A lot of people think we should move on from the Eduardo affair, with minimum fallout and as quickly as we can, but a lot of people are wrong.
Perhaps one point should be lit up in neon for fear that misunderstanding of something so vital to the health of the most popular game in the world will continue to be lost in mountains of obfuscation.
It is that the Eduardo affair could so easily have been the Drogba or the Rooney or the Gerrard affair and the only difference is that the armies of complainants would be dressed in different colours. The most important thing is that at last an important principle has been established at a high level of the game. If Uefa keeps its nerve, it is that players cannot be allowed to continue to make cheating an integral part of football.
That this scabrous ambition has been, for the time being, achieved is indicated by the extent of the dismay that has greeted Uefa's agreement that what happened at the Emirates last week when Eduardo threw himself to the ground and won a penalty was a matter for the ruling body's urgent attention.
The big problem, we are now told, is that Uefa will be obliged to investigate and judge every similar incident when a referee is completely hoodwinked and the integrity of the game has, once again, gone to hell.
But is this a chore to be dismissed or a challenge to welcome? A lot depends on how you see football best spending its vast resources. Should so much of it go exclusively on creating a player plutocracy which is beginning to challenge reason or should quite a bit of it be siphoned off for a proper supervision of the game and the enforcement of some decent standards?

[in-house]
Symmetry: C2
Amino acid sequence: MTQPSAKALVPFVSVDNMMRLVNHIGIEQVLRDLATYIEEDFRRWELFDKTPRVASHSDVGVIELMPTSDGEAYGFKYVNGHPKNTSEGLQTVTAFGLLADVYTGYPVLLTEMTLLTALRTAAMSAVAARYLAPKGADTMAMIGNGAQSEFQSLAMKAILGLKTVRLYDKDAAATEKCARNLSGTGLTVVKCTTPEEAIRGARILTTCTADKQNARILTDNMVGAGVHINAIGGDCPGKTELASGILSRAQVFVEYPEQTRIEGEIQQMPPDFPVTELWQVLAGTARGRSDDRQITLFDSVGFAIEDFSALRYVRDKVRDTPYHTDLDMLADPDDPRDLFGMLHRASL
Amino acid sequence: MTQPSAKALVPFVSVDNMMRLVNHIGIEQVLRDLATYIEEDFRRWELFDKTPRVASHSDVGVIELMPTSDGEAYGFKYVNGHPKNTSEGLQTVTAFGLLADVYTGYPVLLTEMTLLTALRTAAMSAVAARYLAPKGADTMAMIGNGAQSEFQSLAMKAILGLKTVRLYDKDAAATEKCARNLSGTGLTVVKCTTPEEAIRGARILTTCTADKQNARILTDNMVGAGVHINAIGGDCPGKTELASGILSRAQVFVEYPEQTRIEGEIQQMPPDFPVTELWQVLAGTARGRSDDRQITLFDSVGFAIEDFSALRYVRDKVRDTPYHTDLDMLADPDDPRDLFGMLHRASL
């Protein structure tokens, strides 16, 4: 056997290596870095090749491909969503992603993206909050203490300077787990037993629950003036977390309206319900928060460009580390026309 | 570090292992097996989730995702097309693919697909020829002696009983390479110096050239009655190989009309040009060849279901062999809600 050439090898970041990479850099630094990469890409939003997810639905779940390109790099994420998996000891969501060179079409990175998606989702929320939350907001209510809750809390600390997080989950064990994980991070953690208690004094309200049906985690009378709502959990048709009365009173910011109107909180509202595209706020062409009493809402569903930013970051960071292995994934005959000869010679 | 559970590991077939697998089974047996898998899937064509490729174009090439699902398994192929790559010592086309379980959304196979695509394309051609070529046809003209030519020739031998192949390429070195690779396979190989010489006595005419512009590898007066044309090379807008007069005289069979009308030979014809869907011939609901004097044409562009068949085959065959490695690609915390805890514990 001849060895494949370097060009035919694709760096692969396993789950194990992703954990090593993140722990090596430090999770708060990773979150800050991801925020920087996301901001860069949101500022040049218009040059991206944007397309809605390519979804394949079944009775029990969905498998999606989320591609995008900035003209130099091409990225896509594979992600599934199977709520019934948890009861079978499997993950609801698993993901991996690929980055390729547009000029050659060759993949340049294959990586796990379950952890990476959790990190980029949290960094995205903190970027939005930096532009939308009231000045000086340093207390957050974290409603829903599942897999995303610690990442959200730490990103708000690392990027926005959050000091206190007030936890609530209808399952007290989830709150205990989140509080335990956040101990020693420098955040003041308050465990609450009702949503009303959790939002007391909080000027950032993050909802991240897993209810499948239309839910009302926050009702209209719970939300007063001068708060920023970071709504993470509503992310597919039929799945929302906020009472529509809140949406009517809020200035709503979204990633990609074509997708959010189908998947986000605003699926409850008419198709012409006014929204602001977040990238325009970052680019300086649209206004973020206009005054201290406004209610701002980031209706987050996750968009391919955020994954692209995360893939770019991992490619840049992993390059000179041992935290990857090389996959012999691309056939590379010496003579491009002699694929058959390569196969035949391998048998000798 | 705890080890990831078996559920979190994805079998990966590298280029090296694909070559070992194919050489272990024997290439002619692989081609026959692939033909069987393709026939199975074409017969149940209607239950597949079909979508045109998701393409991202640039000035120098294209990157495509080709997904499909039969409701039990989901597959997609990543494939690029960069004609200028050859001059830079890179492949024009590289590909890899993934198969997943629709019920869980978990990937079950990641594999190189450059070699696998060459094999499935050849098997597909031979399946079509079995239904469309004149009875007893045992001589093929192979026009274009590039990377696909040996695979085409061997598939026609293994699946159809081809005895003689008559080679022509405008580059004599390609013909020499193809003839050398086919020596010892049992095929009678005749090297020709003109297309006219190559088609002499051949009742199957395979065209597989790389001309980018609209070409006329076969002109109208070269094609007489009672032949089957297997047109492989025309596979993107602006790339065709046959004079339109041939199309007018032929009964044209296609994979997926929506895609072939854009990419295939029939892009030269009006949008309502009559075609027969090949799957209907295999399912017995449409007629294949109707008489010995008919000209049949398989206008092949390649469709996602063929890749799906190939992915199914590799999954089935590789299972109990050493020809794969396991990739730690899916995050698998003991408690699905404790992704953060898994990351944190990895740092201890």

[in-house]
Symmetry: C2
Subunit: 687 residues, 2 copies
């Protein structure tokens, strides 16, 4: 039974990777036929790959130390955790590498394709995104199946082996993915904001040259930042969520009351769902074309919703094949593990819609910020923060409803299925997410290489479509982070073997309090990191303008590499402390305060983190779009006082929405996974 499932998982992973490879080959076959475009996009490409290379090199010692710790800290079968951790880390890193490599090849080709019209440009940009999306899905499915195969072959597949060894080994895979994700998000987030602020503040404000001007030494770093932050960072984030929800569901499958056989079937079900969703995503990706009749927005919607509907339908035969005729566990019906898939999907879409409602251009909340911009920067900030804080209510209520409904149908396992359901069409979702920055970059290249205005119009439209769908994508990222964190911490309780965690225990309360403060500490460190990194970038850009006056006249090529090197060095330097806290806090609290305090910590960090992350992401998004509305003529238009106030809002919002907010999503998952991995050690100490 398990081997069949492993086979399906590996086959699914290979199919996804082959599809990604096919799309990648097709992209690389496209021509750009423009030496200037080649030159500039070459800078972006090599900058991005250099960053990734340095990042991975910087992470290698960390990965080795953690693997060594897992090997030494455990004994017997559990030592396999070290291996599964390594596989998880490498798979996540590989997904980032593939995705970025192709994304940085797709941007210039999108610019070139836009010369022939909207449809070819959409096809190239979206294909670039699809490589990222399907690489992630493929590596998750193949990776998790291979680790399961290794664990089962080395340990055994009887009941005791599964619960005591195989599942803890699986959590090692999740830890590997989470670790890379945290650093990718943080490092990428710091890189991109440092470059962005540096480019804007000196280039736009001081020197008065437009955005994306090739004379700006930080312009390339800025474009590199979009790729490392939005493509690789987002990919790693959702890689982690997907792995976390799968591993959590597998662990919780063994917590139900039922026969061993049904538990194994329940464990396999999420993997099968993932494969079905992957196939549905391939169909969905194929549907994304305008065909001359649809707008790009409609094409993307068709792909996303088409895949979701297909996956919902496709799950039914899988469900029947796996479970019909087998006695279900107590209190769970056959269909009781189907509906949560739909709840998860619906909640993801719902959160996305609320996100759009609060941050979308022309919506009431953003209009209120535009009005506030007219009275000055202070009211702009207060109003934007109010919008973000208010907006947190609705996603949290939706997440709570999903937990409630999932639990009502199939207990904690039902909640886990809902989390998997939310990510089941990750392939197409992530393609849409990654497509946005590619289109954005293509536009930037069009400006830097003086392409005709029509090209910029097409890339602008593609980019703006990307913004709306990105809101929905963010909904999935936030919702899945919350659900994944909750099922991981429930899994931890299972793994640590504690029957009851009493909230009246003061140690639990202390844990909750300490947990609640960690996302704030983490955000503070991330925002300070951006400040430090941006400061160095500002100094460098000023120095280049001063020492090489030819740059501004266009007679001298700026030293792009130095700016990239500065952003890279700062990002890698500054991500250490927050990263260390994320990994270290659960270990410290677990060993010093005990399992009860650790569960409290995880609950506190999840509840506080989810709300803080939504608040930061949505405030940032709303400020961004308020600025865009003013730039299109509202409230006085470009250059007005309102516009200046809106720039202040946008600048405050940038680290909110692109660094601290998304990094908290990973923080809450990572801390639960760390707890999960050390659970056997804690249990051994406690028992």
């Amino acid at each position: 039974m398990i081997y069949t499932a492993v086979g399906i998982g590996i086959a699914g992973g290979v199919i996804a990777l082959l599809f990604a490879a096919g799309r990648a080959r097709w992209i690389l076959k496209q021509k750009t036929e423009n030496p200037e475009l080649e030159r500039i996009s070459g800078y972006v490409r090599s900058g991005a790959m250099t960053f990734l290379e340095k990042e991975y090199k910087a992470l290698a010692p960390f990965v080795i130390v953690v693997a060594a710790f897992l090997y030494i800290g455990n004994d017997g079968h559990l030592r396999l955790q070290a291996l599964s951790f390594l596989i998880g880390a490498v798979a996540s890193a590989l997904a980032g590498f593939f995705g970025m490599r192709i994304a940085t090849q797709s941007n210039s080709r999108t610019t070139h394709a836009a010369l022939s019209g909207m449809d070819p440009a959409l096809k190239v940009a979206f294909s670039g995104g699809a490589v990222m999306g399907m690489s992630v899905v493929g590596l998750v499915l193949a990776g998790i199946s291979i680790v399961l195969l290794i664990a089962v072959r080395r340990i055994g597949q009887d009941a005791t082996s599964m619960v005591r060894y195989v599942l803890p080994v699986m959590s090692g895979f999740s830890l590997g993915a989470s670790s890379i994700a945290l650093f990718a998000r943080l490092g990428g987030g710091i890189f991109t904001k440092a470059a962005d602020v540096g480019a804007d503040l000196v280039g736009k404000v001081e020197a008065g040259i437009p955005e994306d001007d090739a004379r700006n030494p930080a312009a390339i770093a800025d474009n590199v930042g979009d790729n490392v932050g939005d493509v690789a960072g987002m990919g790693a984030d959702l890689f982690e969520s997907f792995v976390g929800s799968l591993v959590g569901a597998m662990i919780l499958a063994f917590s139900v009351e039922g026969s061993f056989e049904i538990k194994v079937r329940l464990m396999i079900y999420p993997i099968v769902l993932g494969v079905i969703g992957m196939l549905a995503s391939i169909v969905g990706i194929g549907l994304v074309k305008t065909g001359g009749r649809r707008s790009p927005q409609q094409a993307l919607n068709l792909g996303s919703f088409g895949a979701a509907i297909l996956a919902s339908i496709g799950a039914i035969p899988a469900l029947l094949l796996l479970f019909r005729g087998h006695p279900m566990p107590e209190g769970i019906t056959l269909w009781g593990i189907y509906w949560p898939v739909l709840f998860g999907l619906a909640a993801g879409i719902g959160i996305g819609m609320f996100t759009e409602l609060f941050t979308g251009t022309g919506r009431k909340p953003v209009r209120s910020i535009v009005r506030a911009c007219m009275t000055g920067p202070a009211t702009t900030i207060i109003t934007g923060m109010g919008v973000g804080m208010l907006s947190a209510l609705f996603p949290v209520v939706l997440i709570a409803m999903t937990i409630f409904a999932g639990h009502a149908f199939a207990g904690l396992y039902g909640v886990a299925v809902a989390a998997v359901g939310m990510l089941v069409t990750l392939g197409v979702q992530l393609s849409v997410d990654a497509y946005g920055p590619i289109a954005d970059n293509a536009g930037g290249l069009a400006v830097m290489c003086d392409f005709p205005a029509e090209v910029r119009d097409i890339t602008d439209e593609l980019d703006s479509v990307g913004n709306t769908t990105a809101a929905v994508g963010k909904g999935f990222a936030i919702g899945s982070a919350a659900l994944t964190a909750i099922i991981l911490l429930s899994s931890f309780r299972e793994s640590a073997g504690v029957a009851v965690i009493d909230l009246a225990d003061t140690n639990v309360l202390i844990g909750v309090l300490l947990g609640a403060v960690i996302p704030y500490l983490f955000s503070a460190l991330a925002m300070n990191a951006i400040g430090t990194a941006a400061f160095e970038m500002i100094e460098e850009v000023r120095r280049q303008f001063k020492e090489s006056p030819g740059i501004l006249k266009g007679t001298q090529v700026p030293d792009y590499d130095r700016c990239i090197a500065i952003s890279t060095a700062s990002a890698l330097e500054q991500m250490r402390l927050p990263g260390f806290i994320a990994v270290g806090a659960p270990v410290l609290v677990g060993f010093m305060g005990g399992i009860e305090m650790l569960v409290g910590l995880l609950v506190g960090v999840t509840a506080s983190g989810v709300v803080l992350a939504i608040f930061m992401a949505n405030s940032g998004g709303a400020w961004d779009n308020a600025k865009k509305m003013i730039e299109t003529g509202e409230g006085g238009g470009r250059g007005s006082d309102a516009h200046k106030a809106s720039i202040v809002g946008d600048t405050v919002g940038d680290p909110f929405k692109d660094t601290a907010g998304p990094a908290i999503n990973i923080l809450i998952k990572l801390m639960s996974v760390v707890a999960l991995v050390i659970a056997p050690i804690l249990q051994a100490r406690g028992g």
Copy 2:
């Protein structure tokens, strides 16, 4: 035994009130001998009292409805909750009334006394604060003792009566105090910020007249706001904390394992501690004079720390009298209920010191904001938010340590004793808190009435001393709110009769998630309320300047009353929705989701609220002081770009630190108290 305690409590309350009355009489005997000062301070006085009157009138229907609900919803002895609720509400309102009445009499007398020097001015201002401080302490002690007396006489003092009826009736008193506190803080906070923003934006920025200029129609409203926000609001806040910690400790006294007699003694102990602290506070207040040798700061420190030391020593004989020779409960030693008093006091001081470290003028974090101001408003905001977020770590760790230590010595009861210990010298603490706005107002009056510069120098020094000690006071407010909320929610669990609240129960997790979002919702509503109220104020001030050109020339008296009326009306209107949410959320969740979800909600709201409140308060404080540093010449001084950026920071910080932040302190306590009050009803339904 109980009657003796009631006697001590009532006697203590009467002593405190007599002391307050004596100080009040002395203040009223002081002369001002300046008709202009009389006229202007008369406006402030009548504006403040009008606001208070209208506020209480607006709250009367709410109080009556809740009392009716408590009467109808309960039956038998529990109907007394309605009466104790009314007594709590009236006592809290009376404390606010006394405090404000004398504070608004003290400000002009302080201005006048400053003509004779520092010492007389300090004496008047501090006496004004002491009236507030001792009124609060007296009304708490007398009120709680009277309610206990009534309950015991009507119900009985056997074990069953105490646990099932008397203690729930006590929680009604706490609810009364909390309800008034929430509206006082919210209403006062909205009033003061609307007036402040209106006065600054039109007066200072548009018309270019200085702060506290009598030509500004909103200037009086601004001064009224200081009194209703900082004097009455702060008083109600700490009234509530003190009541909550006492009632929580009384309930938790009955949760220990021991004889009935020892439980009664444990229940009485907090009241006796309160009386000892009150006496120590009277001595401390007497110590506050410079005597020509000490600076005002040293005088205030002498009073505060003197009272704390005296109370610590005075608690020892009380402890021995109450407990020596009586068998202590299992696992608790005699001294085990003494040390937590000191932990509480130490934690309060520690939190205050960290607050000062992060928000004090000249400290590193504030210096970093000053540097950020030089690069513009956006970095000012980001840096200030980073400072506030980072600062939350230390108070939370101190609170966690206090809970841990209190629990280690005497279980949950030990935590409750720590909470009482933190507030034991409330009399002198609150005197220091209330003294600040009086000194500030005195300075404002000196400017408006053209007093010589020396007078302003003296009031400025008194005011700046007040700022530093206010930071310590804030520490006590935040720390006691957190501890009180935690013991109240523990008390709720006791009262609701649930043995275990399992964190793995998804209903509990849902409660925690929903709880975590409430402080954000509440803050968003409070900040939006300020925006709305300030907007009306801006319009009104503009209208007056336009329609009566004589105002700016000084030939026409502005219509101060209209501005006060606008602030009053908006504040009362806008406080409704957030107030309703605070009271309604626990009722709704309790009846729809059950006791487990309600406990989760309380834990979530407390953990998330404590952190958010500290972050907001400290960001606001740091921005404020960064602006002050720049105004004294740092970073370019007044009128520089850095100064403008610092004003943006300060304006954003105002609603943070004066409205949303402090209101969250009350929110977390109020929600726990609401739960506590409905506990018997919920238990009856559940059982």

Also vital to the argument is how you value the role of technology at the end of the first decade of the 21st century. The conviction here is that it should be vastly extended, partly to assist increasingly pressurised match officials, and partly to attack most effectively the tide of cheating which so frequently distorts fair competition.
One thing is certain. No top manager is ever going to put the interests of the game before his own and his team's. This means that reform will never come from within – the reaction of Eduardo's manager, Arsène Wenger, has made this abundantly clear over the last few days. He, like all his rivals, has had so many opportunities to make a stand against diving, which has become so commonplace it is plainly seen by many as a standard and unshakeable part of the culture of modern English football.
Wenger, who we keep saying to the point of weariness stands for so much that is best in football, further confused the issue at the weekend when he sought to draw a line between diving and persistent fouling. On balance he thought diving was less "anti-football". Could we all stop for a moment and weigh quite what Wenger was saying?